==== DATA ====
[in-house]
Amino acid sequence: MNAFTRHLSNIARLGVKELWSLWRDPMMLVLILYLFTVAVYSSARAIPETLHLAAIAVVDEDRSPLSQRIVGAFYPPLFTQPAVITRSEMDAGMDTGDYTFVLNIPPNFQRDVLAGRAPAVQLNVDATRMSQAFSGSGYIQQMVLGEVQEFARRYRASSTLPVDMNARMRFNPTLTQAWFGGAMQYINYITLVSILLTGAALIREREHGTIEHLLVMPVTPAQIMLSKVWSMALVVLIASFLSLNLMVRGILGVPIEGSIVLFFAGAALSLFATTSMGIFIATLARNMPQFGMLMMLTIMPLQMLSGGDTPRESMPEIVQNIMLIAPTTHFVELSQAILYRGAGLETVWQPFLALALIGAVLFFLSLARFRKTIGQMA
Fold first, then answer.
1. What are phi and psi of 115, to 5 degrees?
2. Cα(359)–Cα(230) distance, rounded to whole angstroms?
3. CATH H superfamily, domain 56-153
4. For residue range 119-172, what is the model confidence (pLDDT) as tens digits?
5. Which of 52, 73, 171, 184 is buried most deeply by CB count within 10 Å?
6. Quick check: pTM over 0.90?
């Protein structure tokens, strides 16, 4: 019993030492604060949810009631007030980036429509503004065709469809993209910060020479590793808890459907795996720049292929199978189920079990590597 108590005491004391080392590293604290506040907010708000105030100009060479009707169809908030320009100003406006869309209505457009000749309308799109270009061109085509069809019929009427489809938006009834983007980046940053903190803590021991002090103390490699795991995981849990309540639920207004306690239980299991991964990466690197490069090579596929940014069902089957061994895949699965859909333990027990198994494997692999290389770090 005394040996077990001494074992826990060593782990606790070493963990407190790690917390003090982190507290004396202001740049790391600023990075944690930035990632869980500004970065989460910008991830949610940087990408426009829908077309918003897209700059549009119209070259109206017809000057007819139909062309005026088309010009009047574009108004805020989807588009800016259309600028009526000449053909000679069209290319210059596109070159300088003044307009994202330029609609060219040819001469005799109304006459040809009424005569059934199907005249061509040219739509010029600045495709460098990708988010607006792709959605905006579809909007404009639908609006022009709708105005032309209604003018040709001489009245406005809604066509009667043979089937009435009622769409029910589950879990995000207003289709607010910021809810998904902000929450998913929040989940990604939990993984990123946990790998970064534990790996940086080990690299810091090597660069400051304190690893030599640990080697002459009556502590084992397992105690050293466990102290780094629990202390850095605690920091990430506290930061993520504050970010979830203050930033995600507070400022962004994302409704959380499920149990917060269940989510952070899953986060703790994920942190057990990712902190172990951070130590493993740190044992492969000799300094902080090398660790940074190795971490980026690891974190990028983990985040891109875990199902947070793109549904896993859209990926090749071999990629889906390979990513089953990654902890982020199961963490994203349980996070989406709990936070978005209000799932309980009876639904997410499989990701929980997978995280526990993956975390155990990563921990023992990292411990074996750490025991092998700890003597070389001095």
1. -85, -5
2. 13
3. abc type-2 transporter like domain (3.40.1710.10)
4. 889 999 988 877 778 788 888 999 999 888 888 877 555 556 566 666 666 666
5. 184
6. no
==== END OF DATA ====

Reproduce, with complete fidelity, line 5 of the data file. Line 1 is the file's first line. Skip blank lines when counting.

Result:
2. Cα(359)–Cα(230) distance, rounded to whole angstroms?